Spanish Screen Fiction

BookSpanish Screen Fiction

Spanish Screen Fiction

Between Cinema and Television

Contemporary Hispanic and Lusophone Cultures, 3

2009

October 19th, 2009

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This pioneering book is the first to argue that cinema and television in Spain only make sense when considered together as twin vehicles for screen fiction. The Spanish audiovisual sector is now one of the most successful in the world, with feature films achieving wider distribution in foreign markets than nations with better known cinematic traditions and newly innovative TV formats, already dominant at home, now widely exported. Beyond the industrial context, which has seen close convergence of the two media, this book also examines the textual evidence for crossover between cinema and television at the level of narrative and form. The book, which is of interest to both Hispanic and media studies, gives new readings of some well-known texts and discovers new or forgotten ones. For example it compares Almodóvar’s classic feature Mujeres al borde de un ataque de nervios (‘Women on the Verge of a Nervous Breakdown’) with his production company El Deseo’s first venture into TV production, the 2006 series also known as Mujeres (‘Women’). It also reclaims the lost history of female flat share comedy on Spanish TV from the 1960s to the present day. It examines a wide range of prize winning workplace drama on TV, from police shows, to hospital and legal series. Amenábar’s Mar adentro (‘The Sea Inside’) an Oscar-winning film on the theme of euthanasia, is contrasted with its antecedent, an episode of national network Tele5’s top-rated drama Periodistas. The book also traces the attempt to establish a Latin American genre, the telenovela, in the very different context of Spanish scheduling. Finally it proposes two new terms: ‘Auteur TV’ charts the careers of creators who have established distinctive profiles in television over decades; ‘sitcom cinema’ charts, conversely, the incursion of television aesthetics and economics into the film comedies that have proved amongst the most popular features at the Spanish box office in the last decade.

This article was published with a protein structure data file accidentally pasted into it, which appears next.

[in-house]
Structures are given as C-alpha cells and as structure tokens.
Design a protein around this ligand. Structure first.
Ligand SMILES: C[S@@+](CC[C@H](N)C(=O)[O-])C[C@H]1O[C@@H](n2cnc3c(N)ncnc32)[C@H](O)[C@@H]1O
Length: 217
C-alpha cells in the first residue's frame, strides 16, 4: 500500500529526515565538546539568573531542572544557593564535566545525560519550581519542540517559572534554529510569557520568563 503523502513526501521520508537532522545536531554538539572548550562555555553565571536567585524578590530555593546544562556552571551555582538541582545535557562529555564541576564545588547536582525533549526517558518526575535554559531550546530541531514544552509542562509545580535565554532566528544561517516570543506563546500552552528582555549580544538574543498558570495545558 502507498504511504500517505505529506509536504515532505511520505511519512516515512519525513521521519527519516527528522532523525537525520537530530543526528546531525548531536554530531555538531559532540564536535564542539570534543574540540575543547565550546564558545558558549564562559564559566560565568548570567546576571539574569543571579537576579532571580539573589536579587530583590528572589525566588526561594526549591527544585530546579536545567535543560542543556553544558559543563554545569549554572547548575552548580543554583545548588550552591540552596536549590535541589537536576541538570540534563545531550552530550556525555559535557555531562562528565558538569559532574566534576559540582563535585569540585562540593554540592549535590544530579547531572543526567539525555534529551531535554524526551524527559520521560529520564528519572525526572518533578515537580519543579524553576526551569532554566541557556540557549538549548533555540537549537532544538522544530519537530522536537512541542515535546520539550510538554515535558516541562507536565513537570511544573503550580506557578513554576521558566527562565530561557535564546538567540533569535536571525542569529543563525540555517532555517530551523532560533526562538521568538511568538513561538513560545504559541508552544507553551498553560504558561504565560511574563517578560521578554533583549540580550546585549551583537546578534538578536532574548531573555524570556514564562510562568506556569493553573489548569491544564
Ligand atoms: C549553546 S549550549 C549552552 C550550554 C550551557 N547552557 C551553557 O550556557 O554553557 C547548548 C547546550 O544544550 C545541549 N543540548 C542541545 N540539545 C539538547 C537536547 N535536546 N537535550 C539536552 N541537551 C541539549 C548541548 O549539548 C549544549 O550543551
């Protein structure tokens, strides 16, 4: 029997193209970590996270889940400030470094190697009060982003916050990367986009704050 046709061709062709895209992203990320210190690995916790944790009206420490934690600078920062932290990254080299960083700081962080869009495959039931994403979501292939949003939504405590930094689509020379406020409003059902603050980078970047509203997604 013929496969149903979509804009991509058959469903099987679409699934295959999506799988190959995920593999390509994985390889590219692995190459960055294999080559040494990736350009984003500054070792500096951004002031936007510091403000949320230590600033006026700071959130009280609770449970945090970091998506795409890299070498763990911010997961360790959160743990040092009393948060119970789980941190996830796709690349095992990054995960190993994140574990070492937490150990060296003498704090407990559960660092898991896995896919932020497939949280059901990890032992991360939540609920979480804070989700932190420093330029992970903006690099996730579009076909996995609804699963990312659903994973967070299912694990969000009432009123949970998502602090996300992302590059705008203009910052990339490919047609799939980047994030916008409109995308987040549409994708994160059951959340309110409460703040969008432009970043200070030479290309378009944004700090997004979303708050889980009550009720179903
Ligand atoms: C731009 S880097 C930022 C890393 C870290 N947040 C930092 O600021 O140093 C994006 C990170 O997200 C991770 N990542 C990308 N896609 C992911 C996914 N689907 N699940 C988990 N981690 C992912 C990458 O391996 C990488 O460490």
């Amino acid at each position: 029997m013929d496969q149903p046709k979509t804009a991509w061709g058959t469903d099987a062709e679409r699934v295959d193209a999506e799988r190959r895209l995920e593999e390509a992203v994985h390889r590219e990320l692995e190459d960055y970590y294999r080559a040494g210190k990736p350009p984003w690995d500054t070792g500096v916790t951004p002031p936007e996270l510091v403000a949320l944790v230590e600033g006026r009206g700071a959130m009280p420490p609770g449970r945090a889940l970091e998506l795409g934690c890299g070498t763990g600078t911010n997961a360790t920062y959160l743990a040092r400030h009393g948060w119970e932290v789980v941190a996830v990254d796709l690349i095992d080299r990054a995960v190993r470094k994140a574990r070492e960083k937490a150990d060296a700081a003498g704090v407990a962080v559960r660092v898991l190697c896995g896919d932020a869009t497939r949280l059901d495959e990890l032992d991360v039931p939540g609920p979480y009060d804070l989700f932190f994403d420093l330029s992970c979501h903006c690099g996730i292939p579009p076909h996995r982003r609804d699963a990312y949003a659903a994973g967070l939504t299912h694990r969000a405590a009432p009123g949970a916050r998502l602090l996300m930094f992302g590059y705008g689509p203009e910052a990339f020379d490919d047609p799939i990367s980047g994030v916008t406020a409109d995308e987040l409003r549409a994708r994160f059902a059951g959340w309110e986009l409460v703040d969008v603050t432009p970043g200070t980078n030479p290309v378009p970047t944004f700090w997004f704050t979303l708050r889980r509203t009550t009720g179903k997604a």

Smith is a passionate critic, an original and thorough cultural historian and a completely engaging writer (qualities that don’t often come together). Readers of all stripes will come away richly rewarded by this book.
Kathleen Vernon

Author Information

Paul Julian Smith FBA is Distinguished Professor in the Hispanic and Luso-Brazilian Program at the Graduate Center in City University of New York, and was formerly Professor of Spanish at the University of Cambridge. He is the author of Spanish Screen Fiction: Between Cinema and Television (LUP, 2009) among many other books.

Table of Contents

Table of Contents
Section TitlePagePrice
Cover1
Title Page4
Copyright Page5
Table of Contents8
List of Illustrations9
Acknowledgements10
Introduction: Between Cinema and Television12
1 City Girls I: Almodóvar’s Women on Film and Television18
2 City Girls II: Television’s Urban Women, Pre- and Post-Almodóvar39
3 Crime Scenes: Police Drama on Television66
4 Dramatic Professions: Workplace Fiction on Television86
5 Two Suicides and a Funeral: The Euthanasia Debate on Film and Television106
6 Transnational Telenovela: From Mexico to Madrid, via Barcelona123
7 Auteur TV: Case Studies in Creativity146
8 Sitcom Cinema: Case Studies in Convergence176
Index196